|Publication number||US4936724 A|
|Application number||US 07/299,673|
|Publication date||Jun 26, 1990|
|Filing date||Jan 23, 1989|
|Priority date||Jan 23, 1989|
|Publication number||07299673, 299673, US 4936724 A, US 4936724A, US-A-4936724, US4936724 A, US4936724A|
|Inventors||Virgil R. Dutton|
|Original Assignee||Dutton Virgil R|
|Export Citation||BiBTeX, EndNote, RefMan|
|Patent Citations (6), Referenced by (46), Classifications (13), Legal Events (3)|
|External Links: USPTO, USPTO Assignment, Espacenet|
This invention relates generally to pick-up trucks, and more particularly to a decorative edge molding for the truck box to serve as a protective member and also to facilitate cargo tie-down and covering.
Modern pick-up trucks, particularly of the so-called "fleet" side body design, have a generally rounded and inwardly turned upper edge of the truck box. The appearance of it is guickly marred where the user drags cargo over the side rather than opening the tailgate to load and unload it. Also, there is rarely a very convenient means for fasteninq down cargo. In addition to the foregoing developments, the use of plastic liners for protection of the truck bed is becoming more general. Many of them have been very satisfactory for the intended purpose, but are sometimes seen to be wavy or irregular along the top edge. They, too, become damaged when cargo is dragged over the top edge of them as it is loaded or unloaded. The present invention is directed to an improvement of the foregoing conditions.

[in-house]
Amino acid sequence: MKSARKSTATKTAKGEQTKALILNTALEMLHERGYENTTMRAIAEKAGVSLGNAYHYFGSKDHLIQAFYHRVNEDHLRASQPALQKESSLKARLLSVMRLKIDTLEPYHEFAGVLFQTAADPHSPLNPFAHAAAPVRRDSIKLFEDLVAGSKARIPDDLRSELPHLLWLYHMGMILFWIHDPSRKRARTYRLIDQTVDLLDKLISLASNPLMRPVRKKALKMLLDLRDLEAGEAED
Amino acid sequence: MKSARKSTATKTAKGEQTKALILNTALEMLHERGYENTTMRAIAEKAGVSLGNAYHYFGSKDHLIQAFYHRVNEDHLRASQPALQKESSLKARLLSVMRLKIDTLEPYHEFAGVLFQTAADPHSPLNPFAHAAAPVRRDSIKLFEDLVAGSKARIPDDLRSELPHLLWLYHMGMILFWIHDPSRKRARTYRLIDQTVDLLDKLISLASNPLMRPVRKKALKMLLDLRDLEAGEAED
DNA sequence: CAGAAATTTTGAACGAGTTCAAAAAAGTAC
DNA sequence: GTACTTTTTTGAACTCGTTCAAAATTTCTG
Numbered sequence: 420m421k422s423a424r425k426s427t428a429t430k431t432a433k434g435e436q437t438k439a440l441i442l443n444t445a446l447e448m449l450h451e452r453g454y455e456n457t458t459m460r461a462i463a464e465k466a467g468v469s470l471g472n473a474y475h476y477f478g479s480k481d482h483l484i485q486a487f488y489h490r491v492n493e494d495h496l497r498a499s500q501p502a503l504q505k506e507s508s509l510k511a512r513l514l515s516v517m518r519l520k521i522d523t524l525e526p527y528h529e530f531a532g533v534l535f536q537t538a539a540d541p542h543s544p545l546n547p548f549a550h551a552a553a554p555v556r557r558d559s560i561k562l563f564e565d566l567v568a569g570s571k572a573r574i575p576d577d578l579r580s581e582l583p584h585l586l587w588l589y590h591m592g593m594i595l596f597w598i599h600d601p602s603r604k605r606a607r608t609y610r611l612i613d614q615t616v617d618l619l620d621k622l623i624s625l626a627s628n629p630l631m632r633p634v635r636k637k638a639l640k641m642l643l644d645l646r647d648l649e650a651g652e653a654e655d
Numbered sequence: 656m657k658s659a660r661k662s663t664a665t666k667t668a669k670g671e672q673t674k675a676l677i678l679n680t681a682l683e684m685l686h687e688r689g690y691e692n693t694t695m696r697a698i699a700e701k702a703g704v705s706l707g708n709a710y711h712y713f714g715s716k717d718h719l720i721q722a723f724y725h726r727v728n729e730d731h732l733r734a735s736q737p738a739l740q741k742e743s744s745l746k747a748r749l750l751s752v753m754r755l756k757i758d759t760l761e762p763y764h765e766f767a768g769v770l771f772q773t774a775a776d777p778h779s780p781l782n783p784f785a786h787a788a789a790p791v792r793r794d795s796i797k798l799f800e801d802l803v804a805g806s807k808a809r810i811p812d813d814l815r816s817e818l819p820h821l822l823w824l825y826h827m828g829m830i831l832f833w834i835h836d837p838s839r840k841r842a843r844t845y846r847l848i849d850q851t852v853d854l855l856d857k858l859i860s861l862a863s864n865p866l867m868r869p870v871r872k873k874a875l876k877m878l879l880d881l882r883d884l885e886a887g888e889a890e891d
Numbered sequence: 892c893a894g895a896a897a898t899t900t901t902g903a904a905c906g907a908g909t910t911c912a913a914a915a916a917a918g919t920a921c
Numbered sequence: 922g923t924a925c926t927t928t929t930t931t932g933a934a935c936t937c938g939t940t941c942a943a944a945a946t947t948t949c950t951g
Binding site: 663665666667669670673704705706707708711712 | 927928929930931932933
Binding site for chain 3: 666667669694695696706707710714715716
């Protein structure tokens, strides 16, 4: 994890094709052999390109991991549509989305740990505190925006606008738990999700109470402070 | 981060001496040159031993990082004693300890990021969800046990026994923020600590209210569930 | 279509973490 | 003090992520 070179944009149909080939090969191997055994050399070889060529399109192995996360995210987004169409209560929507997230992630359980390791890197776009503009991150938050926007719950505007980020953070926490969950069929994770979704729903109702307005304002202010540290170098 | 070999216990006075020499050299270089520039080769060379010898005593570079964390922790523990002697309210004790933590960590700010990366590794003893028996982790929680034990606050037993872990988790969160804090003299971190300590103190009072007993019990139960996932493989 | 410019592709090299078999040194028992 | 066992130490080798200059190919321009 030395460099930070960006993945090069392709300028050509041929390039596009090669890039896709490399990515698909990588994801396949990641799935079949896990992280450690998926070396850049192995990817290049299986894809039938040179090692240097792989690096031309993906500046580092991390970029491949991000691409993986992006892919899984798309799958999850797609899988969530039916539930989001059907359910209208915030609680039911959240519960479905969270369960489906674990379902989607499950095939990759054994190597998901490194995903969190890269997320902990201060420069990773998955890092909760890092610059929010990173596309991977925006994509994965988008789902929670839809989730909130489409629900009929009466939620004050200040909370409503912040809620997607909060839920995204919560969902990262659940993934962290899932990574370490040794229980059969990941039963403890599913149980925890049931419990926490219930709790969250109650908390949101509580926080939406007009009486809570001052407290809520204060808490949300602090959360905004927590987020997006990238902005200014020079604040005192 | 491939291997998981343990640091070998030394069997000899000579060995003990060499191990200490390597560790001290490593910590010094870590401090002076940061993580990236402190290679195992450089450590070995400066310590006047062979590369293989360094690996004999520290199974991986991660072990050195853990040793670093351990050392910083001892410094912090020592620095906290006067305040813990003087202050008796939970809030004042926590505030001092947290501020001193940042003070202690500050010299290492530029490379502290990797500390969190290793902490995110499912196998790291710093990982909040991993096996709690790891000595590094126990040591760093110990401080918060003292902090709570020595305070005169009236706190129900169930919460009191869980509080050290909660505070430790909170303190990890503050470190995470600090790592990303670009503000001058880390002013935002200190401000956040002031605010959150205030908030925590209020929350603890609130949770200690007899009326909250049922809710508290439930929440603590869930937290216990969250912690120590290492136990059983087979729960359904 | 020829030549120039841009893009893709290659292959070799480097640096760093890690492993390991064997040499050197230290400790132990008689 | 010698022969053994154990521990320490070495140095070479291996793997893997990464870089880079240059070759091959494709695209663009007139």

Described briefly according to a typical embodiment of the present invention, an elongate rail is provided along the sides of the truck box at the upper edges thereof and has an outwardly extending flange resting on the top edge of the truck box. The rail is fastened to the box by screws extending through holes in the rail and outwardly into the inside wall of the truck box at the upper edge. A plurality of apertures is provided in the rail above the flange and these apertures are longitudinally spaced therein to provide convenient locations for connecting cargo hold-down strap hooks. The outwardly directed flange also has an outwardly opening longitudinally extending groove in it. A tonneau cover is provided with a reinforced hemmed edge which is stuffed into the groove and thereby securely retained to cover cargo in the truck box. In addition to the side rails, end rails of the same type of construction are employed at the front end wall of the truck box and at the top of the tailgate. These, too, are useful for tie-down hooks and for attachment of the ends of the tonneau cover. One embodiment of the molding has a longitudinally extending downwardly opening groove in the bottom of the rail to fittingly receive the upper edge portion of a truck bed liner.